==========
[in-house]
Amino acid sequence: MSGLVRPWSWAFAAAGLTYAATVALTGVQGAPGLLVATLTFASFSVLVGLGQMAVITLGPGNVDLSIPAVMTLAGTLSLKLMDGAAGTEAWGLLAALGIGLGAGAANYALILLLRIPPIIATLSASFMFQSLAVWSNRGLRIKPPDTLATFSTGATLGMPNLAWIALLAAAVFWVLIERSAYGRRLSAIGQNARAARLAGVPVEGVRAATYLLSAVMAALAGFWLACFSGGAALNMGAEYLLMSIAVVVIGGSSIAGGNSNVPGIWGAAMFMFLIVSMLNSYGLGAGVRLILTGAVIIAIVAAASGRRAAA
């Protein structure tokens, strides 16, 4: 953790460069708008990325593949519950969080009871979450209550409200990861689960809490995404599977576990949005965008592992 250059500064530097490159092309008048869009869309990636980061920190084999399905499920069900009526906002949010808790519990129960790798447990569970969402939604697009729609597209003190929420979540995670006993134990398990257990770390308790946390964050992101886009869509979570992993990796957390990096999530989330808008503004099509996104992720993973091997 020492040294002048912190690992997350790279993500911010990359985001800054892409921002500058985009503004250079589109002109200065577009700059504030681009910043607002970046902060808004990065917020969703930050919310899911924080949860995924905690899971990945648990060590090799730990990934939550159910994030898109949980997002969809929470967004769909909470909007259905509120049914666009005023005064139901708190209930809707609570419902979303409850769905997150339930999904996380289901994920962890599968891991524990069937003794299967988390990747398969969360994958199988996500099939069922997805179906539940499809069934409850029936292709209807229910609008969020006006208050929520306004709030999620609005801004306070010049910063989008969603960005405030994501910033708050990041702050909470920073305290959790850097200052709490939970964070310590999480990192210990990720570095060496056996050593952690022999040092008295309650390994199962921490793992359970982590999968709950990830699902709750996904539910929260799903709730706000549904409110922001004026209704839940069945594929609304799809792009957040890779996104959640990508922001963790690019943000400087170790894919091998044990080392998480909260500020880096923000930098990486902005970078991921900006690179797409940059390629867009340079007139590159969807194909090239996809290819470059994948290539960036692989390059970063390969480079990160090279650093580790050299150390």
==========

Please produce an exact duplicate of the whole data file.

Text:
[in-house]
Amino acid sequence: MSGLVRPWSWAFAAAGLTYAATVALTGVQGAPGLLVATLTFASFSVLVGLGQMAVITLGPGNVDLSIPAVMTLAGTLSLKLMDGAAGTEAWGLLAALGIGLGAGAANYALILLLRIPPIIATLSASFMFQSLAVWSNRGLRIKPPDTLATFSTGATLGMPNLAWIALLAAAVFWVLIERSAYGRRLSAIGQNARAARLAGVPVEGVRAATYLLSAVMAALAGFWLACFSGGAALNMGAEYLLMSIAVVVIGGSSIAGGNSNVPGIWGAAMFMFLIVSMLNSYGLGAGVRLILTGAVIIAIVAAASGRRAAA
């Protein structure tokens, strides 16, 4: 953790460069708008990325593949519950969080009871979450209550409200990861689960809490995404599977576990949005965008592992 250059500064530097490159092309008048869009869309990636980061920190084999399905499920069900009526906002949010808790519990129960790798447990569970969402939604697009729609597209003190929420979540995670006993134990398990257990770390308790946390964050992101886009869509979570992993990796957390990096999530989330808008503004099509996104992720993973091997 020492040294002048912190690992997350790279993500911010990359985001800054892409921002500058985009503004250079589109002109200065577009700059504030681009910043607002970046902060808004990065917020969703930050919310899911924080949860995924905690899971990945648990060590090799730990990934939550159910994030898109949980997002969809929470967004769909909470909007259905509120049914666009005023005064139901708190209930809707609570419902979303409850769905997150339930999904996380289901994920962890599968891991524990069937003794299967988390990747398969969360994958199988996500099939069922997805179906539940499809069934409850029936292709209807229910609008969020006006208050929520306004709030999620609005801004306070010049910063989008969603960005405030994501910033708050990041702050909470920073305290959790850097200052709490939970964070310590999480990192210990990720570095060496056996050593952690022999040092008295309650390994199962921490793992359970982590999968709950990830699902709750996904539910929260799903709730706000549904409110922001004026209704839940069945594929609304799809792009957040890779996104959640990508922001963790690019943000400087170790894919091998044990080392998480909260500020880096923000930098990486902005970078991921900006690179797409940059390629867009340079007139590159969807194909090239996809290819470059994948290539960036692989390059970063390969480079990160090279650093580790050299150390």